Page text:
For all these years, they’ve hidden the truth about the Kennedy assassination.
It didn’t require a conspiracy. It just took repeating a falsehood until it became conventional wisdom. The myth about the Kennedy assassination is that President John F. Kennedy, at great personal risk, traveled to Dallas, aka the City of Hate, and was somehow murdered by an atmosphere of intolerance. The truth is that he was shot by a Communist.
As James Piereson writes in his brilliant book Camelot and the Cultural Revolution, liberals had the choice after the assassination to make Kennedy a martyr to civil rights or admit that he was a casualty of the Cold War. They found the notion of Kennedy dying for racial progress much more congenial and useful, even though it depended on a rank distortion.
The interpretive misdirection began in the immediate aftermath of Lee Harvey Oswald’s act of murder. Pundits and analysts still follow the well-worn script, often boiling down their indictment to one word: Dallas. The epigraph of the new book Dallas 1963 is a letter to the mayor at the time: “Dallas, the city that virtually invited the poor insignificant soul who blotted out the life of President Kennedy to do it in Dallas.”
Slate calls a letter to Kennedy’s press secretary warning JFK not to visit Dallas because he might be killed by a right-wing mob “eerily prophetic,” which would be unassailably true . . . if Kennedy had been killed by a right-wing mob.
In a New York Times op-ed, history scholar James McAuley calls Dallas “the city that willed the death of the president.” Who knew that municipalities had such frightening powers? George W. Bush is lucky he wasn’t killed in office by Burlington, Vt., or Berkeley, Calif.
In a news report, Timesman Manny Fernandez writes of the “painful, embarrassing memories of the angry anti-Washington culture that flourished here 50 years ago — and now seems a permanent part of the national mood.”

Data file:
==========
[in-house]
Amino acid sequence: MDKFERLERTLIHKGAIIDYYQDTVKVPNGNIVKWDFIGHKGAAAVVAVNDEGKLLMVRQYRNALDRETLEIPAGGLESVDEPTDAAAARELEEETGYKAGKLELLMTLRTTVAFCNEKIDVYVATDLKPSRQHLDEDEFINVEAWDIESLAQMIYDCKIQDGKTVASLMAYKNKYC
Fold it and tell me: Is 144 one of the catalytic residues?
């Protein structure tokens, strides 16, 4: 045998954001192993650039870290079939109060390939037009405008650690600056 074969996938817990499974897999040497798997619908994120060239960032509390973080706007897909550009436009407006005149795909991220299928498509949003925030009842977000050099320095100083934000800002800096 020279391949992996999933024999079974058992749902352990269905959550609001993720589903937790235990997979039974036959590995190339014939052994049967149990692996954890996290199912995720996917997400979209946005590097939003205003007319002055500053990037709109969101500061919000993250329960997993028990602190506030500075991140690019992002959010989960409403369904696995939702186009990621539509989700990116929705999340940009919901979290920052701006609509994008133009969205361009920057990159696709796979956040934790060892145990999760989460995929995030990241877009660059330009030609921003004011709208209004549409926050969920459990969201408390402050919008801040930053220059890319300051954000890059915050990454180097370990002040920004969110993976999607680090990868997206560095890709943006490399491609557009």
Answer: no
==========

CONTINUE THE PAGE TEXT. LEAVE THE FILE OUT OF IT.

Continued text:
Get it? The rancid political culture of Dallas that was responsible for the death of Kennedy lives on today in the Tea Party, which needs to be stopped before it kills again.
There are at least two problems with all this. The first is that cities don’t kill people. Neither does political hostility. There was plenty of kookery, racism, and ugliness in Dallas circa 1963 — and much derision and abuse of Kennedy — but none of those things picked up a rifle and shot the president of the United States.
The second — and amazingly enough, saying it still carries a subversive hint of revisionism — is that Oswald was a thoroughgoing Communist.
As Piereson recounts, Oswald tried to defect to the Soviet Union. He told a reporter that his reasons were “purely political.” Trying to renounce his citizenship, he gave a note to an official at the U.S. Embassy in the Soviet Union that said, “I affirm my allegiance to the Union of Soviet Socialist Republics” and “I am a Marxist.”
Eventually, he returned to the United States and grew disillusioned with the Soviet Union but not with the idea of revolution as exemplified by Fidel Castro’s Cuba. He subscribed to The Militant, published by the Socialist Workers Party, and the Daily Worker, published by the Communist Party. He posed for a photograph holding both publications and the rifle he would use to shoot Kennedy.
Oswald had hoped to travel to Cuba and serve in Castro’s government. To establish his bona fides, he set up a chapter of the “Fair Play for Cuba” committee during a stay in New Orleans. He traveled to Mexico City and visited the Cuban and Soviet embassies in his bid to get to Cuba. He was still trying to navigate the bureaucracy when he heard Kennedy would be visiting Dallas.
The Kennedy assassination has always invited elaborate theories about a cover-up of the truth about that awful day. But it’s not complicated. The lie has always been in plain sight.
— Rich Lowry is the editor of National Review. He can be reached via e-mail: firstname.lastname@example.org. © 2013 by King Features